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International Women’s Day: Gender equality more than 100 years away

- March 8, 2021 2 MIN READ

It will take more than a century for women to achieve equality according to the findings from the latest Financy Women’s Index. Despite Australian women making some progress towards financial equality, the impact of COVID-19 has severely hampered efforts, with women experiencing a slower employment recovery than men.

Bianca Hartge-Hazelman founder of Financy, says at the current rate of progress, economic equality is a long way off. Speaking at a CEDA event this morning Hartge- Hazelman reflected on the impact of COVID on financial equality.

COVID impacts women’s march towards equality

“When we look at financial progress – the pink and blue recessions – we know women’s financial progress has collapsed. That recovery among women was slower for women than men.

“The Index shows that we are unlikely to see equality in Australia until the year 2122,” Hartge-Hazelman said.


“Without significant change, it’s likely that women will continue to participate in paid work at a reduced capacity to men and this will affect women’s financial security and progress.”

The Financy Women’s Index fell by 2.3 points (-3 per cent) to 74 points in the December quarter, reflecting the worst-performing quarter since March 2013. This fall in progress will push out the time frame for achieving equality to 101 years

Education impact on wages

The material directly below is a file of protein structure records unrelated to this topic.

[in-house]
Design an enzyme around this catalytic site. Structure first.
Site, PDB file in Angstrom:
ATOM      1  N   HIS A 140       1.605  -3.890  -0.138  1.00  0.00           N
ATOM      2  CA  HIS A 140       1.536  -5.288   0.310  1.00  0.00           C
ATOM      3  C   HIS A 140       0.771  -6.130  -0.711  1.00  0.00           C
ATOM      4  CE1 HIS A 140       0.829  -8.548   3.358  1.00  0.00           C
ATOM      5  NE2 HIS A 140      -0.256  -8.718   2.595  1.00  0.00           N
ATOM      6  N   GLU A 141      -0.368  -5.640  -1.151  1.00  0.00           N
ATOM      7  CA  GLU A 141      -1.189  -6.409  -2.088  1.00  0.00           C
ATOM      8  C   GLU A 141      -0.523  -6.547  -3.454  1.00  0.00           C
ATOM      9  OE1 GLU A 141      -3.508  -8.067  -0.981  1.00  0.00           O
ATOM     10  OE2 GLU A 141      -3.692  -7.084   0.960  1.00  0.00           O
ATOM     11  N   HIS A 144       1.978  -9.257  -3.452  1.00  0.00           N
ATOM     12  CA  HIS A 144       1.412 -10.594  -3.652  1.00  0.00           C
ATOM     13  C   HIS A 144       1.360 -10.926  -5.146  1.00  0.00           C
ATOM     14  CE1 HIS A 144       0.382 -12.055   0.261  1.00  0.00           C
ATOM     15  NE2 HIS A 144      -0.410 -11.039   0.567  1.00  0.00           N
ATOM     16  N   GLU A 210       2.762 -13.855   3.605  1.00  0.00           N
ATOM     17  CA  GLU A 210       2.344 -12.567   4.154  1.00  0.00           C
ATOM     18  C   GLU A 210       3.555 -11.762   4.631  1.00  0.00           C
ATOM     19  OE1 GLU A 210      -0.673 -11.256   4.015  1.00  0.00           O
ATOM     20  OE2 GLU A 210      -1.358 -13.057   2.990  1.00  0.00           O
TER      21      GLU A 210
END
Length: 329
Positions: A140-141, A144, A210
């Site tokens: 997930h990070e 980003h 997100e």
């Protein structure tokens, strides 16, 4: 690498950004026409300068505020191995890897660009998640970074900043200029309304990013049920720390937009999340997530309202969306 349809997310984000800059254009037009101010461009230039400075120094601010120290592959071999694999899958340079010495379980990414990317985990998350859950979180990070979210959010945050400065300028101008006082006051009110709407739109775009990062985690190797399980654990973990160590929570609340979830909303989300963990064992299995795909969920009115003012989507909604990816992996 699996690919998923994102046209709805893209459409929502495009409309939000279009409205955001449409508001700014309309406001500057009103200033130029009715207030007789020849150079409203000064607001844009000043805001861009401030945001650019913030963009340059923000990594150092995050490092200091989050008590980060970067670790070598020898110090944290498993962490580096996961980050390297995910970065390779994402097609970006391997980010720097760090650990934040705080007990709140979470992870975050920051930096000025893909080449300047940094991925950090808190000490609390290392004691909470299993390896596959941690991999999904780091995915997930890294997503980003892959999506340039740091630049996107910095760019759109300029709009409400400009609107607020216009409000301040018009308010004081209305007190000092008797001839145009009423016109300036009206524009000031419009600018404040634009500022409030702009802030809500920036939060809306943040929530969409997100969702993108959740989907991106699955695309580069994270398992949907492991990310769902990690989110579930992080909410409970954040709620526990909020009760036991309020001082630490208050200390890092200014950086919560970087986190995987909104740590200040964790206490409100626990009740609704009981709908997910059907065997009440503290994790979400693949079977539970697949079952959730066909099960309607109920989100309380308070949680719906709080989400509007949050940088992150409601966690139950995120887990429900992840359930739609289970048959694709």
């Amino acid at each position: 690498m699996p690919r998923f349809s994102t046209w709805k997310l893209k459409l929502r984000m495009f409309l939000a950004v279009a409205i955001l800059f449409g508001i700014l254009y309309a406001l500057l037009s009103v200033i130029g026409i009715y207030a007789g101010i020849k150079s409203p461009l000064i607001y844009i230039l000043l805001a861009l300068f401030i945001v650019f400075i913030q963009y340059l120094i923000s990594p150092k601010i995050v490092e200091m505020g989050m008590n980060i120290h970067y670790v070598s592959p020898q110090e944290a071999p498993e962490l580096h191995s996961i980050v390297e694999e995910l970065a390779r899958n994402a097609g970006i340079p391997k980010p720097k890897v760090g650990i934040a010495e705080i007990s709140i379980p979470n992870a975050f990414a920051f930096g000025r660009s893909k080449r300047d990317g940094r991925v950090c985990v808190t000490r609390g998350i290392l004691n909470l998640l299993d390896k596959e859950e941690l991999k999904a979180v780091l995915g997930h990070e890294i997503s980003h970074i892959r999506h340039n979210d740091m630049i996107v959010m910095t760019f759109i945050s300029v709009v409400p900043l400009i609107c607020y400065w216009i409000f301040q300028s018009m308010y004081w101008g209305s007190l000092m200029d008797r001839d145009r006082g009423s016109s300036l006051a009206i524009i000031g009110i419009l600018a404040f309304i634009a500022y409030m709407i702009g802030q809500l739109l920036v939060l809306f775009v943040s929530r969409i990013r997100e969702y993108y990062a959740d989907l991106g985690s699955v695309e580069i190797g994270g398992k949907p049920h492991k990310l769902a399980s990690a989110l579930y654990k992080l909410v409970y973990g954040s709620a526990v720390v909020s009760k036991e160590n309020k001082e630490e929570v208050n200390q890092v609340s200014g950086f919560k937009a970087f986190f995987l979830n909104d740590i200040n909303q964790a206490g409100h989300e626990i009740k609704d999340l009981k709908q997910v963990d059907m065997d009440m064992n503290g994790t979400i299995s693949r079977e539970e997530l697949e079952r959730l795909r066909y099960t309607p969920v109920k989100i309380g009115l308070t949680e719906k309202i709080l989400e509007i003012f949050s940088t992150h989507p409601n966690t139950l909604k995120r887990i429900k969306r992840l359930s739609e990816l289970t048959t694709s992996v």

Speaking at the CEDA update, Hartge-Hazelman reflected that the Index showed an increasing need for an education piece on career choice and wages. The Index found that women are more likely than men to select educational pathways that are linked to lower-paid industries which can have a profound impact on career earnings and gender pay gaps.

“Draw the dots between what you’re studying – you earn what you learn,” she commented.


“The Index points to a need to reconsider the value of occupations that are traditionally female-dominated such as health, aged and child care,” notes Simone Cheung, Partner at Deloitte Access Economics.

Speaking on the widening of the gender gap in unpaid work, Roger Wilkins, co-author of the HILDA report, said it “seems likely” COVID would have increased the unpaid work disparity in 2020.

“The increase in child care provided at home brought about by closure of child care centres and learning from home is likely to have been disproportionately borne by women,” says Wilkins.

Not all bad news

Howecer it’s not all bad news, women’s participation at the board level has increased. The appointment of women to ASX200 board positions, rose by six percentage points to 32.6 per cent and the best improvement in the gender pay gap (13.4 per cent) since June 2018, helped drive the Index higher and cushion the December quarter employment growth shortfall.

The Women’s Index also shows it’s expected to take 21 years to achieve equality in the national gender pay gap, 33 years in employment, 18 years in underemployment, 7 years for women on boards and 38 years to close the gender gap in superannuation savings.

“To speed up progress, we need cultural change to recognise the benefits of a more gender-diverse workplace and greater female participation in it at all levels,” says Dr Shane Oliver, Chief Economist AMP Capital.

“This starts in the nation’s schools and runs all the way to boardrooms and the nation’s parliaments. The pandemic has shown that the technology – to enable greater workplace diversity through workplace flexibility – is there to help make this happen,” Oliver, concluded.

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